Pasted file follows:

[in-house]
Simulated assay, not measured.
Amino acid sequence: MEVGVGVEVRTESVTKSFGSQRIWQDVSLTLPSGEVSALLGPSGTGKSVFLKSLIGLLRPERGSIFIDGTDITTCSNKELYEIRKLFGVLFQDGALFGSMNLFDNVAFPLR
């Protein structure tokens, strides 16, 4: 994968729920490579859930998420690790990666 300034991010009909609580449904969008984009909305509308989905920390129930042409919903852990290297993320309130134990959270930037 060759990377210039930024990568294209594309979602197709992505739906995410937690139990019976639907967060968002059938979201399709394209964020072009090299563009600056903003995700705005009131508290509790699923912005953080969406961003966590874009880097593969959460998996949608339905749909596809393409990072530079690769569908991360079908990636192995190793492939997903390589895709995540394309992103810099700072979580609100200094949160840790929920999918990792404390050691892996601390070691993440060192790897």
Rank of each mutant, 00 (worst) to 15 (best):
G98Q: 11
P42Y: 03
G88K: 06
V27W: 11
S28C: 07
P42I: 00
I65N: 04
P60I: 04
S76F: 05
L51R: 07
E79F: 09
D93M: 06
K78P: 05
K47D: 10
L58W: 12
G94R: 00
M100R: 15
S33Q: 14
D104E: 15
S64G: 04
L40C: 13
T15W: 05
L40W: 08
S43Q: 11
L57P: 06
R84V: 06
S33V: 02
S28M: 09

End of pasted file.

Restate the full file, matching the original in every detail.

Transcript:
[in-house]
Simulated assay, not measured.
Amino acid sequence: MEVGVGVEVRTESVTKSFGSQRIWQDVSLTLPSGEVSALLGPSGTGKSVFLKSLIGLLRPERGSIFIDGTDITTCSNKELYEIRKLFGVLFQDGALFGSMNLFDNVAFPLR
């Protein structure tokens, strides 16, 4: 994968729920490579859930998420690790990666 300034991010009909609580449904969008984009909305509308989905920390129930042409919903852990290297993320309130134990959270930037 060759990377210039930024990568294209594309979602197709992505739906995410937690139990019976639907967060968002059938979201399709394209964020072009090299563009600056903003995700705005009131508290509790699923912005953080969406961003966590874009880097593969959460998996949608339905749909596809393409990072530079690769569908991360079908990636192995190793492939997903390589895709995540394309992103810099700072979580609100200094949160840790929920999918990792404390050691892996601390070691993440060192790897």
Rank of each mutant, 00 (worst) to 15 (best):
G98Q: 11
P42Y: 03
G88K: 06
V27W: 11
S28C: 07
P42I: 00
I65N: 04
P60I: 04
S76F: 05
L51R: 07
E79F: 09
D93M: 06
K78P: 05
K47D: 10
L58W: 12
G94R: 00
M100R: 15
S33Q: 14
D104E: 15
S64G: 04
L40C: 13
T15W: 05
L40W: 08
S43Q: 11
L57P: 06
R84V: 06
S33V: 02
S28M: 09